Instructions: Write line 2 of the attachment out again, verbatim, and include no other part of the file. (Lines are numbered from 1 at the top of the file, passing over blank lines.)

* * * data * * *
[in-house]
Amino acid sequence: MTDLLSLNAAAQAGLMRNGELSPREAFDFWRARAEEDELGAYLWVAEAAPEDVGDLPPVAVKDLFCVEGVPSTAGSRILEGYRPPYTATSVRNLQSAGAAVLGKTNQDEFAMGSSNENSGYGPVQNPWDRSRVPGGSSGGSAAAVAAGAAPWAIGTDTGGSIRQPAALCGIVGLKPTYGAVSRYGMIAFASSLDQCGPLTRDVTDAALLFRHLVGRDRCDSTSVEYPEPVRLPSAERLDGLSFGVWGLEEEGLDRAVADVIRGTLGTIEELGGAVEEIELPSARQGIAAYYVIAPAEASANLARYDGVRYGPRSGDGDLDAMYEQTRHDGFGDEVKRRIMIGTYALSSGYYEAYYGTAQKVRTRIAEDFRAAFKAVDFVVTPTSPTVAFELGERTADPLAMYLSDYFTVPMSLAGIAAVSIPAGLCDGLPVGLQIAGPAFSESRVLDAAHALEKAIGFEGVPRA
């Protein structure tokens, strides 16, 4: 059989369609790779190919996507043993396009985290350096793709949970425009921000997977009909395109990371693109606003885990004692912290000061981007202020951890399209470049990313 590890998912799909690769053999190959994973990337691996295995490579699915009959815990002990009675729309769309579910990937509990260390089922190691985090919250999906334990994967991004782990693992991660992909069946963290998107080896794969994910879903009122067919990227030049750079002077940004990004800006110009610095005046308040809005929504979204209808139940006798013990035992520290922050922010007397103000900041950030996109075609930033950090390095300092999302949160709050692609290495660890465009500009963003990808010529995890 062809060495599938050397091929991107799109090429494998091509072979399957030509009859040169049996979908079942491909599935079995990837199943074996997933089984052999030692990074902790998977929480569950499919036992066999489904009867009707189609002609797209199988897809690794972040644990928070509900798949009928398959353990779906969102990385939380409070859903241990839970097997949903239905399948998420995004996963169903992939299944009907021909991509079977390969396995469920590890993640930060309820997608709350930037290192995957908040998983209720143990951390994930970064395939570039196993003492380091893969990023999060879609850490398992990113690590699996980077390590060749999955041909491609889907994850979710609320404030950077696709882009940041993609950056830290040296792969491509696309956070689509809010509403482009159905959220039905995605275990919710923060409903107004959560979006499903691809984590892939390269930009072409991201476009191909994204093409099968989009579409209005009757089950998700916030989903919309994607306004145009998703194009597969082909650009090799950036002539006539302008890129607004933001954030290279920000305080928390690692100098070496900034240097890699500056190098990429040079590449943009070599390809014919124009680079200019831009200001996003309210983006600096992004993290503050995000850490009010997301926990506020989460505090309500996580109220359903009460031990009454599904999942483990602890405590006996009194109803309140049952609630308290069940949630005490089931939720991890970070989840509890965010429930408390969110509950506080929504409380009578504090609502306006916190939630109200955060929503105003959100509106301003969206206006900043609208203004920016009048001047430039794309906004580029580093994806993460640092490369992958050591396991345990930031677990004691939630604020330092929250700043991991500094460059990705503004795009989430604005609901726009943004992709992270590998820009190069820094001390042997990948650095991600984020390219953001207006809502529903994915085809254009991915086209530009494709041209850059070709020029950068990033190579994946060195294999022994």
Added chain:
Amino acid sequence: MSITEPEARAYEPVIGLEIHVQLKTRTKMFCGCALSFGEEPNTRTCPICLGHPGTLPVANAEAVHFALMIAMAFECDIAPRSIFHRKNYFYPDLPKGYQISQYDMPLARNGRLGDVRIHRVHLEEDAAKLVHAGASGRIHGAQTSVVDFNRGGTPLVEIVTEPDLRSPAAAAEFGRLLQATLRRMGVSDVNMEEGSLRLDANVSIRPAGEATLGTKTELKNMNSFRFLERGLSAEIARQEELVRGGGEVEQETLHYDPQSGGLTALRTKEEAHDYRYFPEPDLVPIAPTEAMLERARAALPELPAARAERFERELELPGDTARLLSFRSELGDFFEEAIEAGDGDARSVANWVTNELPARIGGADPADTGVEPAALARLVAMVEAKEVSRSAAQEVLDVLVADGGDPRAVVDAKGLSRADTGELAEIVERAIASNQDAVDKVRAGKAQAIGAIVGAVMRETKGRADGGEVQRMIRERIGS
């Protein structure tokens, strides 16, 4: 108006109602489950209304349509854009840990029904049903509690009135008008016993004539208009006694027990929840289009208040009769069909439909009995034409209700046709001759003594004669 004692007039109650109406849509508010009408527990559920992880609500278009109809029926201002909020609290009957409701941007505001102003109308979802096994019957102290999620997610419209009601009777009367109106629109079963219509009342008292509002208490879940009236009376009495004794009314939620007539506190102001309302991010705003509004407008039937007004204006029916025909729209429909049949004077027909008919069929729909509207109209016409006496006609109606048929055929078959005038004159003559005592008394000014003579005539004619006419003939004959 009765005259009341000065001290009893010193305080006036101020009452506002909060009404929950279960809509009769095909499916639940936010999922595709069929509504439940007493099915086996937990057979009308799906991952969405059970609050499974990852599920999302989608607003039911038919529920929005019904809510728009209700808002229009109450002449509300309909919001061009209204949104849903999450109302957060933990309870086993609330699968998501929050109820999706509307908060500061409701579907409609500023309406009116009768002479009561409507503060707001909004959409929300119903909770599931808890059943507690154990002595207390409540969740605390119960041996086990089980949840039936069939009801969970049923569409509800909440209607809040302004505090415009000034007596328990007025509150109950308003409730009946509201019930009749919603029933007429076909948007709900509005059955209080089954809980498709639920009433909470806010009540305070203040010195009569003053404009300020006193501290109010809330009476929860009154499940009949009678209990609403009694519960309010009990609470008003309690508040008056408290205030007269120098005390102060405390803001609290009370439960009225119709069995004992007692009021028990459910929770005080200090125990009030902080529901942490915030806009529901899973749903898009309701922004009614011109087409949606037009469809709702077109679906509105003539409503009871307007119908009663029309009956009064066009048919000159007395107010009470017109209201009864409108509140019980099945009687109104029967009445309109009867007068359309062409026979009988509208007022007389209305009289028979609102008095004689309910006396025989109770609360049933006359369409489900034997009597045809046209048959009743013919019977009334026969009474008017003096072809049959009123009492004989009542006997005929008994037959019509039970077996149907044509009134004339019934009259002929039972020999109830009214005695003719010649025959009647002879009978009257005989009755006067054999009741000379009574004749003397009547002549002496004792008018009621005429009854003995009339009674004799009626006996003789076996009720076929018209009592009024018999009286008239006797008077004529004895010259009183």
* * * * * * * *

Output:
Amino acid sequence: MTDLLSLNAAAQAGLMRNGELSPREAFDFWRARAEEDELGAYLWVAEAAPEDVGDLPPVAVKDLFCVEGVPSTAGSRILEGYRPPYTATSVRNLQSAGAAVLGKTNQDEFAMGSSNENSGYGPVQNPWDRSRVPGGSSGGSAAAVAAGAAPWAIGTDTGGSIRQPAALCGIVGLKPTYGAVSRYGMIAFASSLDQCGPLTRDVTDAALLFRHLVGRDRCDSTSVEYPEPVRLPSAERLDGLSFGVWGLEEEGLDRAVADVIRGTLGTIEELGGAVEEIELPSARQGIAAYYVIAPAEASANLARYDGVRYGPRSGDGDLDAMYEQTRHDGFGDEVKRRIMIGTYALSSGYYEAYYGTAQKVRTRIAEDFRAAFKAVDFVVTPTSPTVAFELGERTADPLAMYLSDYFTVPMSLAGIAAVSIPAGLCDGLPVGLQIAGPAFSESRVLDAAHALEKAIGFEGVPRA